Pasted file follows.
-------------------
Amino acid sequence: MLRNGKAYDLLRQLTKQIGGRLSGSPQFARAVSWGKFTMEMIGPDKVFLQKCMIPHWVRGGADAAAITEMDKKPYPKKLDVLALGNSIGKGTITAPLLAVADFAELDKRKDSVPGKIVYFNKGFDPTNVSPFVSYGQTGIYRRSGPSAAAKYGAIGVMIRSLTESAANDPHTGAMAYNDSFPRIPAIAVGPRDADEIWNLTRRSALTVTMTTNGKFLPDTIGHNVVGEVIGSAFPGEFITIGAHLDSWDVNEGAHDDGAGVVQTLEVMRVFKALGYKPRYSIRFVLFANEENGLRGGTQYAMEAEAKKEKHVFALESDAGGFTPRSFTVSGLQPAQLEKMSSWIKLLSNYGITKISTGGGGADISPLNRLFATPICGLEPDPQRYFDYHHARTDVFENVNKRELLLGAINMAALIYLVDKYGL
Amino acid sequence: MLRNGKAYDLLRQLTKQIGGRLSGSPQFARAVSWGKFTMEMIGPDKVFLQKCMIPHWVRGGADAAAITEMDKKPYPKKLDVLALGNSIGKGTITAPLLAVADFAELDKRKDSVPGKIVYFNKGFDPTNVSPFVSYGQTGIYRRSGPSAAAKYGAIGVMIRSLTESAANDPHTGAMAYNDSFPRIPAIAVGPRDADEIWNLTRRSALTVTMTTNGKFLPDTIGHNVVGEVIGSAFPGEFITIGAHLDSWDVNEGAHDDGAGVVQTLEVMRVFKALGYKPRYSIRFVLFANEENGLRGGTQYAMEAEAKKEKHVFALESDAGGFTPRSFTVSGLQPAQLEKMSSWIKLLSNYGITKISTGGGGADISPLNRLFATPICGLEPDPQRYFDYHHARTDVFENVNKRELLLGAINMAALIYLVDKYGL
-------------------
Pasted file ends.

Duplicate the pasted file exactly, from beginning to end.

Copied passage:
Amino acid sequence: MLRNGKAYDLLRQLTKQIGGRLSGSPQFARAVSWGKFTMEMIGPDKVFLQKCMIPHWVRGGADAAAITEMDKKPYPKKLDVLALGNSIGKGTITAPLLAVADFAELDKRKDSVPGKIVYFNKGFDPTNVSPFVSYGQTGIYRRSGPSAAAKYGAIGVMIRSLTESAANDPHTGAMAYNDSFPRIPAIAVGPRDADEIWNLTRRSALTVTMTTNGKFLPDTIGHNVVGEVIGSAFPGEFITIGAHLDSWDVNEGAHDDGAGVVQTLEVMRVFKALGYKPRYSIRFVLFANEENGLRGGTQYAMEAEAKKEKHVFALESDAGGFTPRSFTVSGLQPAQLEKMSSWIKLLSNYGITKISTGGGGADISPLNRLFATPICGLEPDPQRYFDYHHARTDVFENVNKRELLLGAINMAALIYLVDKYGL
Amino acid sequence: MLRNGKAYDLLRQLTKQIGGRLSGSPQFARAVSWGKFTMEMIGPDKVFLQKCMIPHWVRGGADAAAITEMDKKPYPKKLDVLALGNSIGKGTITAPLLAVADFAELDKRKDSVPGKIVYFNKGFDPTNVSPFVSYGQTGIYRRSGPSAAAKYGAIGVMIRSLTESAANDPHTGAMAYNDSFPRIPAIAVGPRDADEIWNLTRRSALTVTMTTNGKFLPDTIGHNVVGEVIGSAFPGEFITIGAHLDSWDVNEGAHDDGAGVVQTLEVMRVFKALGYKPRYSIRFVLFANEENGLRGGTQYAMEAEAKKEKHVFALESDAGGFTPRSFTVSGLQPAQLEKMSSWIKLLSNYGITKISTGGGGADISPLNRLFATPICGLEPDPQRYFDYHHARTDVFENVNKRELLLGAINMAALIYLVDKYGL